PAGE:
Advanced primary care can help employers control costs and coordinate care, but many employers do not know how to start and scale such a solution in their employer-sponsored health plans, according to a report from the Duke-Margolis Center.
Primary care is an essential part of preventing high-cost health conditions among employees. However, only slightly more than half of all privately insured individuals have a regular source of primary care, the report noted.
Additionally, fee-for-service care remains predominant among care delivery models, stymieing care coordination and, by extension, access to preventive care services.
“Advanced primary care is patient-centered care that’s coordinated across providers and settings, most likely using a team-based approach. And at the heart of it, it’s really focused on outcomes and results rather than revenues,” Elizabeth Fowler, deputy administrator and director of the Center for Medicare and Medicaid Innovation, explained in a webinar discussion of the report.
The Duke-Margolis Center investigated how advanced primary care could help employers reduce costs as well as improve health equity, care coordination, and patient outcomes.
Employers and public payer programs have tested many strategies over the years in order to bring down costs, including wellness programming, onsite clinics, virtual care, and centers of excellence. While many of these strategies saw some success, each had its pitfalls.
The report argued that employers can use the lessons learned from these diverse strategies to build an advanced primary care model that offers comprehensive, coordinated care and greater health equity.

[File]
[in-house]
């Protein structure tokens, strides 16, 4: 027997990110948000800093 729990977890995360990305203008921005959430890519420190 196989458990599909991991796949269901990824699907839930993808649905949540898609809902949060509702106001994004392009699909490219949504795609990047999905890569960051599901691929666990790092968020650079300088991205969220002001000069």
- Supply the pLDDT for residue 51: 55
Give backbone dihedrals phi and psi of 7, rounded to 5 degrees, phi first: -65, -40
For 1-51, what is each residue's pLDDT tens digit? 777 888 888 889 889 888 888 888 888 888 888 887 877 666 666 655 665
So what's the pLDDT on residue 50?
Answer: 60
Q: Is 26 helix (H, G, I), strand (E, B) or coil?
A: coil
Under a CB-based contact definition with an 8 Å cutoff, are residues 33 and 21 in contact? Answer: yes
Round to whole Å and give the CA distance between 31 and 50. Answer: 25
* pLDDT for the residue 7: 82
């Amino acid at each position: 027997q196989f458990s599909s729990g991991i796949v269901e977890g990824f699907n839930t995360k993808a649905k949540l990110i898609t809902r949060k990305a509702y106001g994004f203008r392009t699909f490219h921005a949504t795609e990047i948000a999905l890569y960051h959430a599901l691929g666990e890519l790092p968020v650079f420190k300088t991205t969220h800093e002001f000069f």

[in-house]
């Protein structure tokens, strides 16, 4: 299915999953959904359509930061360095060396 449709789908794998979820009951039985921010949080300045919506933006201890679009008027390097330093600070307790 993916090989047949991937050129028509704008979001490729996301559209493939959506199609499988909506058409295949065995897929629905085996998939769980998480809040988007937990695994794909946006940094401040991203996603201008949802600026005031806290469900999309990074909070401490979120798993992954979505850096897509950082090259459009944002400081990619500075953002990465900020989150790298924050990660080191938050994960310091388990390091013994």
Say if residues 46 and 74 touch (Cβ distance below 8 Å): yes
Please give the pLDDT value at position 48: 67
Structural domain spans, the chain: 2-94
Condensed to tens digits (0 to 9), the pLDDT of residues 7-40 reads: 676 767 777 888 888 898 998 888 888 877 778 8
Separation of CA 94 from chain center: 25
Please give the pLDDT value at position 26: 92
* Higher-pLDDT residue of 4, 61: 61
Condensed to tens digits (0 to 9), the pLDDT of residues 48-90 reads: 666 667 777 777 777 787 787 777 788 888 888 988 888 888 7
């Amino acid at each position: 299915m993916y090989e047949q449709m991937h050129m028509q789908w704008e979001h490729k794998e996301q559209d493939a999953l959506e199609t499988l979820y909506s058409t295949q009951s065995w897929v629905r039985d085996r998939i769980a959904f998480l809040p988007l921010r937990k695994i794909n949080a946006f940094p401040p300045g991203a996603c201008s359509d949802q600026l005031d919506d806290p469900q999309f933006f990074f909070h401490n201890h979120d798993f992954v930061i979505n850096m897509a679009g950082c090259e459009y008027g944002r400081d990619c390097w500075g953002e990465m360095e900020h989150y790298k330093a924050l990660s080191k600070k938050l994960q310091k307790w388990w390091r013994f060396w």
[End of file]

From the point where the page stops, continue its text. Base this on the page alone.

“As employers increasingly focus on more diverse, equitable, and inclusive workplaces, there’s also a question about how they are going to use their health plans to drive not just equal benefits but equitable benefits—that may mean programs that allow employees to tailor their healthcare and navigate the healthcare system in a way that works for them,” Elizabeth Carpenter, head of advisory services at Avalere, shared in the webinar.
“Everything about the advanced primary care model suggests that there’s opportunity there.”
Carpenter, Fowler, and other experts may not have to work hard to convince employers that this approach is worthwhile. Slightly more than half of all large employers have indicated that they plan to use an advanced primary care strategy in some manner in the next year, according to the report.
However, employers face challenges in implementing these strategies, which may prevent the model from reaching a broad enough scale to produce substantial results.
“There are a growing number of examples around the country—some in the commercial side, more probably in Medicare Advantage and some of the advanced Medicare ACOs and some even in Medicaid programs—that are treating somewhat different populations but have already made this big step at some scale to this different model of care delivery,” Mark McClellan, director of the Duke-Margolis Center for Health Policy, said in the webinar.